Instead, your protein intake should reflect your weight, how hard and what type of training you do, and your current body composition goal.
Protein requirements per kilo of body mass:
- Sedentary adult: 0.8 grams
- Recreational exerciser: 0.8 – 1.5 grams
- Endurance athlete: 1.5 – 1.7 grams
- Teenage/growing athlete: 1.5 – 2.0 grams
- Adult building muscle: 1.5 – 2.0 grams
- Athlete restricting calories: 1.8 – 2.0
- Estimated maximum: 2.2 – 2.5 grams
Most ruggers should consume between 1.5 to 2.2 grams of protein per kilo of bodyweight. If you’re carrying a lot of body fat, use your lean mass to determine the amount of protein you need. After all, it’s your muscle cells that need protein, and not your fat cells.
Is more protein better?
If you are eating enough protein, will eating more give you even better results? Probably not. While hard-training ruggers do need more protein than endurance athletes and sedentary people, eating more than you need won’t increase muscle growth or further speed up recovery.
This a limit to how much protein you can use per day and if you habitually eat more than you need, it’ll just end up being used to make expensive glucose or unwanted fat. You’ll also pee out the by-product of protein digestion – ammonia. That’s why eating a lot of protein makes your pee smell.
Some people think that eating lots of protein is bad for your kidneys, but that’s not the case. After all, your kidneys are designed to filter out toxins – it’s their job. They have bigger things to worry about than a little extra protein, such as all the chemicals and additives in modern food.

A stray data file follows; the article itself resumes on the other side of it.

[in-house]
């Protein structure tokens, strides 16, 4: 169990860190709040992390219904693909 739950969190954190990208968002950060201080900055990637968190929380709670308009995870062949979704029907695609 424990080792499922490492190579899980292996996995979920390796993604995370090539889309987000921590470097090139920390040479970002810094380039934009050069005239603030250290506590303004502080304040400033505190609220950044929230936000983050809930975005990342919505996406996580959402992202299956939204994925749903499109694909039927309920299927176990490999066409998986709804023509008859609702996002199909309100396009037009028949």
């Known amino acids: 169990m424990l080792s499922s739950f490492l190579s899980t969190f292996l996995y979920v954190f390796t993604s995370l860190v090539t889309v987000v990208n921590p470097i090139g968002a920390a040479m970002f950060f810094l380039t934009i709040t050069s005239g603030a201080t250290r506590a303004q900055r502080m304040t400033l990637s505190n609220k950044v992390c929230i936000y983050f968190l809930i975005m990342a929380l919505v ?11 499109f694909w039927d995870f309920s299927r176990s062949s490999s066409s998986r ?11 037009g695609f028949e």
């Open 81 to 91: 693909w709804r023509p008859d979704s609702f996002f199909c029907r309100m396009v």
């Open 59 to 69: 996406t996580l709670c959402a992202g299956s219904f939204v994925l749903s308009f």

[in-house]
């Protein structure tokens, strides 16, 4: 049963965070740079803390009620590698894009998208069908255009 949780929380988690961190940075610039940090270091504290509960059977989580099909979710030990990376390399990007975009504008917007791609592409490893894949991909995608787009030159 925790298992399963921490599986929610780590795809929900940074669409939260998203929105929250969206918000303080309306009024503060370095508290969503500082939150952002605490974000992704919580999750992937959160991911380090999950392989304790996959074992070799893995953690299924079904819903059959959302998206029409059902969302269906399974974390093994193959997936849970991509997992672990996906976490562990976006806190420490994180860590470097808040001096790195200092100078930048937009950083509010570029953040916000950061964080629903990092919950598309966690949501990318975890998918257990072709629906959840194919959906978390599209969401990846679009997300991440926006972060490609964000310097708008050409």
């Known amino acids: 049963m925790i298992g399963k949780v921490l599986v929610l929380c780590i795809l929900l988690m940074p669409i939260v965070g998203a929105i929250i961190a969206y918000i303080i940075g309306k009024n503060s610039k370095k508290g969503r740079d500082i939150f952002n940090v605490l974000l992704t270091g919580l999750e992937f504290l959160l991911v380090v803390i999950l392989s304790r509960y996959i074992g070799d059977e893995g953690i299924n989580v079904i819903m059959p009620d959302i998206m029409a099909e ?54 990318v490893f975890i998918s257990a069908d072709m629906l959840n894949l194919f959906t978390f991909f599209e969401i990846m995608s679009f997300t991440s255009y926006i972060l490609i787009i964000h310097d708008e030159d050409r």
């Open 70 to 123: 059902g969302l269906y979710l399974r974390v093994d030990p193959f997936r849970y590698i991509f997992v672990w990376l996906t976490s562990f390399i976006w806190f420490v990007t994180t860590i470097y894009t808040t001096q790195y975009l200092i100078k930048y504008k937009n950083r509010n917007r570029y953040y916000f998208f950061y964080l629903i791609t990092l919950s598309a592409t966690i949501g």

Of course, if you have any form of kidney disease, you should avoid overloading your kidneys and should consult your doctor if you want to consume more protein than the standard DRI suggests.
And what about protein frequency?
Bodybuilders, who generally know a thing or two about protein and muscle-building nutrition, usually recommend eating lots of small meals throughout the day. This creates a positive nitrogen balance which, they believe, is indicative of being in anabolism and that you have consumed enough protein.
While eating lots of small protein-rich meals sounds like the best way to keep your muscles supplied with amino acids, this is actually bro science. Some bro science stands up to scrutiny but eating lots of small meals to maintain anabolism apparently doesn’t.
In studies performed on twenty-four developing elite rugby players, frequency and distribution of protein intake had no effect on lean muscle gains or performance. That’s good news if you are fed up with carrying containers of grilled chicken and tuna with you so you can eat every 2-3 hours!
When it comes to consuming protein, small, frequent protein meals or fewer, larger meals seem to be equally effective. Of course, you still need to make sure you eat enough protein for your needs. If that means eating smaller, more frequent meals, then it’s okay to continue doing so.
There is no denying that dietary protein is important, but that doesn’t mean you can eat it with wild abandon, or that eating more than you need is in any way beneficial. Make sure you eat enough but don’t eat so much you gain fat or waste your money. Similarly, choose the meal frequency that works best for you. There is no need to eat every 2-3 hours unless that is the most convenient option for you.